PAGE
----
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In the Beginning – Our Journey To Once A Day Milking

by @ 10:47 pm on February 5, 2013.

Life has a way of taking you in directions you’d never expect. It happens to us on a regular basis. One of those unexpected directions has led Ernie and I to find ourselves being labeled as lunatics by those with far more education than we have. And still we barrel head-long down this path, running with the faith only the certifiable can maintain.

 

Once upon a time we were traditional dairy farmers running a traditional dairy. We had holsteins and holstein-jersey crosses. We grazed in the summer, fed hay and corn silage in the winter, and milked twice a day. In typical small farm fashion we couldn’t afford help, and through the ups and downs of recent dairy prices we hung on by the skin of our teeth, doing all the work ourselves, putting in 80+ hour weeks and doing our best to drag our two small kids along for the ride. In 2011 my world stopped when Ernie got sick. REALLY sick.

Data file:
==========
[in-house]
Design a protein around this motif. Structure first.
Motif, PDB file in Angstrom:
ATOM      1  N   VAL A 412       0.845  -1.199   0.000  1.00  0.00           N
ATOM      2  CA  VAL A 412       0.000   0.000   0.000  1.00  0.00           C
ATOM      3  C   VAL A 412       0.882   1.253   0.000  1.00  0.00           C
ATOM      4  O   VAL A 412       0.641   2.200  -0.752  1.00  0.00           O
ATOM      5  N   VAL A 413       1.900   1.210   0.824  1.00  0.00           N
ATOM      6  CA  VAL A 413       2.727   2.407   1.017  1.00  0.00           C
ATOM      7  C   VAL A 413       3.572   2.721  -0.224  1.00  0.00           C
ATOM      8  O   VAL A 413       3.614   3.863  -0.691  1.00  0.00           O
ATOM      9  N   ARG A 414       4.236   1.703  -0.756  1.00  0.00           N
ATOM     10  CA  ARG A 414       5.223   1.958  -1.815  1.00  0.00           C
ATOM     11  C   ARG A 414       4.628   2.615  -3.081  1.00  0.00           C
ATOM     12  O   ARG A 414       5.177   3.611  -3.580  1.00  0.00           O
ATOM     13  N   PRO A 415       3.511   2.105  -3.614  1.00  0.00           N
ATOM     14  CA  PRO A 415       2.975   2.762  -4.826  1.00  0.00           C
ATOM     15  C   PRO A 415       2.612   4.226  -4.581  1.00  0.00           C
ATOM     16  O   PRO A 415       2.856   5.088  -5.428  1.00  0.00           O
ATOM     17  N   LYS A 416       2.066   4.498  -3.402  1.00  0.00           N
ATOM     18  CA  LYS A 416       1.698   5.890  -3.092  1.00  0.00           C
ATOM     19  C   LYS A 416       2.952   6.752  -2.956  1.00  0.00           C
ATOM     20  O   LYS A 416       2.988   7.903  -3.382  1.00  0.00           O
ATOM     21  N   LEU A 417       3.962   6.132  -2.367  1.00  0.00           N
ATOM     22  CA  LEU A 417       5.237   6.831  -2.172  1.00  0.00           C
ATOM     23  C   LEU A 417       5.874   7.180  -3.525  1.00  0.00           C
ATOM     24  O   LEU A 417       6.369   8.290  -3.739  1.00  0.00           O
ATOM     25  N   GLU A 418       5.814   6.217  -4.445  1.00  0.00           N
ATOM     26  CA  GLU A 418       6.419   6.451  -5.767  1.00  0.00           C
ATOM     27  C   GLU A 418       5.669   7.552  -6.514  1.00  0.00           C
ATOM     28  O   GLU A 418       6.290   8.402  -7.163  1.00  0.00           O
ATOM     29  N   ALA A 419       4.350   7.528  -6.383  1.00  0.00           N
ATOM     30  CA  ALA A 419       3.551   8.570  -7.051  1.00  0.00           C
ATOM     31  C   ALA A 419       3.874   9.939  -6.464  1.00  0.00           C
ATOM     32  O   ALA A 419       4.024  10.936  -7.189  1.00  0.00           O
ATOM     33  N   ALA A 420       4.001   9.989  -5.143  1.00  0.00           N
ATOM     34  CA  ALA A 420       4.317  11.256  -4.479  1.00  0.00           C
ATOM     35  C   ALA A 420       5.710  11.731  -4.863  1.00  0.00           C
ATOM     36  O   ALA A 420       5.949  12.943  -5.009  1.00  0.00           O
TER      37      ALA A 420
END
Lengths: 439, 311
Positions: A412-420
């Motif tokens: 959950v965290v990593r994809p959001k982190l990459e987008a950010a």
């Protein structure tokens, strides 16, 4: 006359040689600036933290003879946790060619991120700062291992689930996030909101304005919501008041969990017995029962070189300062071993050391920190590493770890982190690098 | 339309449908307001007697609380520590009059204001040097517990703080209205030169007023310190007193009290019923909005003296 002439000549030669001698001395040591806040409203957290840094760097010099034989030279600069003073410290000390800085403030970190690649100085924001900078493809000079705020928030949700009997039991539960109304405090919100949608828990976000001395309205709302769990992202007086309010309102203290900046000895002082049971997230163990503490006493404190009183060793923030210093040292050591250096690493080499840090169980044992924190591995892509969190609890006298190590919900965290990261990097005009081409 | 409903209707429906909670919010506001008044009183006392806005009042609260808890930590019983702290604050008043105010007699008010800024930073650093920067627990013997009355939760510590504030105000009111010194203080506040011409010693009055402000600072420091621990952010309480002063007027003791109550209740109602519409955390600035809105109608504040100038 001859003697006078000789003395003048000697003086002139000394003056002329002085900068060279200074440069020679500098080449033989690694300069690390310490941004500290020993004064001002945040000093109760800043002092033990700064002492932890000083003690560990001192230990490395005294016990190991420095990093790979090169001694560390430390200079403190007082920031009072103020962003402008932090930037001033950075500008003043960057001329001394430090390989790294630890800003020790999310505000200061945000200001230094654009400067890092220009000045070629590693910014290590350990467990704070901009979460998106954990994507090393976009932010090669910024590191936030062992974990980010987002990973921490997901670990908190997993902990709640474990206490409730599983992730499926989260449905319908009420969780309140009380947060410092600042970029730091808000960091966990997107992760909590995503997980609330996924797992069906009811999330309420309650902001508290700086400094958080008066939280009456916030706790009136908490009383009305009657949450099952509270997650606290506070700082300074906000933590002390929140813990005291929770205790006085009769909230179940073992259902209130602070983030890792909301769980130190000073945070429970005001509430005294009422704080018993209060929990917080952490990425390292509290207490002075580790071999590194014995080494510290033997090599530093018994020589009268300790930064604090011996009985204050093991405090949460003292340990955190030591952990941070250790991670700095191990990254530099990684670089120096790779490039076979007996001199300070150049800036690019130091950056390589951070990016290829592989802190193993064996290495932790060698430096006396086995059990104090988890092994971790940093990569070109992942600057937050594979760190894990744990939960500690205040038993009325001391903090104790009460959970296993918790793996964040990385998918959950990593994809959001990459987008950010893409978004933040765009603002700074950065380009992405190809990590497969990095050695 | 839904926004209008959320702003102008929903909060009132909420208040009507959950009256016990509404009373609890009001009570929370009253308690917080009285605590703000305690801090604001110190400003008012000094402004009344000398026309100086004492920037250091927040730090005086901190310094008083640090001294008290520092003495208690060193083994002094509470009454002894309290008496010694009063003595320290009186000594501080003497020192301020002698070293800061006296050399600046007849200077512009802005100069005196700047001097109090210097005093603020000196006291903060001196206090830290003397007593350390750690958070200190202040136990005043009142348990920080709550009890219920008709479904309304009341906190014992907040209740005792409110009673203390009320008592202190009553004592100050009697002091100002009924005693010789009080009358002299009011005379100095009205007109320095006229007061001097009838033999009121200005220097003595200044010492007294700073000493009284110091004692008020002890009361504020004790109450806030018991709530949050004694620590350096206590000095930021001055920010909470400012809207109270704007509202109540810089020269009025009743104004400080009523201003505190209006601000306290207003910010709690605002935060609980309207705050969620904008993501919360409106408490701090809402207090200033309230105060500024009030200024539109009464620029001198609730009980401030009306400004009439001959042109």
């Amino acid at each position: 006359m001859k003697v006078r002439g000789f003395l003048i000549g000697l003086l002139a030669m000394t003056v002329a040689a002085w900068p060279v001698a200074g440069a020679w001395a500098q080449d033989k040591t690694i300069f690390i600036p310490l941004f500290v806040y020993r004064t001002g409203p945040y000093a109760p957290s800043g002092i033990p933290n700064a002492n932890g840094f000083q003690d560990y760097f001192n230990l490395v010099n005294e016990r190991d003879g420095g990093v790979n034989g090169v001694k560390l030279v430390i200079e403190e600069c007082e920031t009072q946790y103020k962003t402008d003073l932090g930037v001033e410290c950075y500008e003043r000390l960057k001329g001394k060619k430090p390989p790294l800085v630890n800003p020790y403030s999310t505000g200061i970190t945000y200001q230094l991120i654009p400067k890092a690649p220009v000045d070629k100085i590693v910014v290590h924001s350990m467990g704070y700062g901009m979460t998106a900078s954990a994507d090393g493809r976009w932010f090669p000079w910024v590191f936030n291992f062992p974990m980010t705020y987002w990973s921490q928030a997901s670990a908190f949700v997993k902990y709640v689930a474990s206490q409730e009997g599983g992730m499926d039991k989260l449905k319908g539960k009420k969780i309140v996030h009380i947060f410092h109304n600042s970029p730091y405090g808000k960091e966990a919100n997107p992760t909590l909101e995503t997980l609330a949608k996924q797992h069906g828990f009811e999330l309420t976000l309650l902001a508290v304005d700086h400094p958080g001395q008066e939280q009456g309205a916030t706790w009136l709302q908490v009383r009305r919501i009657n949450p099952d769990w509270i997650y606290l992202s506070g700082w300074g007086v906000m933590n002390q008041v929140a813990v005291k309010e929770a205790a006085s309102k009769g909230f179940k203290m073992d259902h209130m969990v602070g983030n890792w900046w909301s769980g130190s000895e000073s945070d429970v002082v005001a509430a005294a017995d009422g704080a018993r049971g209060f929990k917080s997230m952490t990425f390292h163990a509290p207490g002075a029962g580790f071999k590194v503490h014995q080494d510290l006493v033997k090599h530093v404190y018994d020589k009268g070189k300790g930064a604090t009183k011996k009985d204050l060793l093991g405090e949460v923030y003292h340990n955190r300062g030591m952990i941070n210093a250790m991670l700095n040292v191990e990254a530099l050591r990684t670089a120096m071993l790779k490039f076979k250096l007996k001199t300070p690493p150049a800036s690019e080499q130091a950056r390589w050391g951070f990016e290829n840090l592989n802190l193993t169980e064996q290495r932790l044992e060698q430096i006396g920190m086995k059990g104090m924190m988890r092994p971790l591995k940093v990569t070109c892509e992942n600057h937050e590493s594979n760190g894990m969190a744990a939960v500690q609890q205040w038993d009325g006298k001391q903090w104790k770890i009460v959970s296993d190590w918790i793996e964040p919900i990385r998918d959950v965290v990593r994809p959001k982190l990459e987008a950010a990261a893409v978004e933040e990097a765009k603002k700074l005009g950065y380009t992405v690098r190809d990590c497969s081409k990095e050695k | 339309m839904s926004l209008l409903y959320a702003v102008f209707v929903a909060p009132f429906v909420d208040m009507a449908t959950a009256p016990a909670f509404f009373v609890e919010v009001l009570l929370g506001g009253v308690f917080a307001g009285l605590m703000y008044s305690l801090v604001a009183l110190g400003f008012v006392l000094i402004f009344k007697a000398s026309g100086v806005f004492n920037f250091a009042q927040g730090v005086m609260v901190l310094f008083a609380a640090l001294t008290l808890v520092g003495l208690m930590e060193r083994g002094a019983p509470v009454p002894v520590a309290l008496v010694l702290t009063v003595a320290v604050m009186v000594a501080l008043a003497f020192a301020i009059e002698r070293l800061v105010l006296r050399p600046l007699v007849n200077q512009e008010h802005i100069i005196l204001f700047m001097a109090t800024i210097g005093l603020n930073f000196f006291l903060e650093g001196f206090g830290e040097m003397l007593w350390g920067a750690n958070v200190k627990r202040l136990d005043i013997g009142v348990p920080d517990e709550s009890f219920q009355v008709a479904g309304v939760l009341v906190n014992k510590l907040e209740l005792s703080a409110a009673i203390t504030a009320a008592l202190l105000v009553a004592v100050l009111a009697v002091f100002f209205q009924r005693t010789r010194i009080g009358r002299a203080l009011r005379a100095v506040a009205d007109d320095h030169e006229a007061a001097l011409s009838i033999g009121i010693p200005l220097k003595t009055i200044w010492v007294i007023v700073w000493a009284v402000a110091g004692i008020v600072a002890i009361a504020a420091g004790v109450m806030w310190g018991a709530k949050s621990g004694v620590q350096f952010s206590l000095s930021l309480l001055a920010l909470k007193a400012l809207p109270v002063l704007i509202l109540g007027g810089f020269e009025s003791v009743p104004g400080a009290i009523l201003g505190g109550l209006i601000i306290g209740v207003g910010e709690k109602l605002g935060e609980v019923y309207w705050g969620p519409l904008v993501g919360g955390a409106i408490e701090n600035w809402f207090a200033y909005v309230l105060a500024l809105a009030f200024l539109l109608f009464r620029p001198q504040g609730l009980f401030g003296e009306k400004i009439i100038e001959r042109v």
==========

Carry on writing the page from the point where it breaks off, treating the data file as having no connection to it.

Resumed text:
The summer of 2011 was an awful blur. Ernie was so sick he couldn’t get out of bed. He could barely stand himself, let alone pick up our daughter, who turned one that summer. Pregnant with our second, it fell to me to carry the farm. Through God’s grace, I had the strength to hold things together while we sought out one doctor after another trying to straighten Ern out. He was diagnosed with Crohn’s disease. In short, an auto-immune disorder that attacks the intestines. It’s an odd disease, one that doesn’t even exist in third world countries, and which attacks everyone differently. The disease is never cured and treatment is merely a game of managing symptoms. Every drug Ern was put on made him worse. By the end of the summer, both of us were losing hope.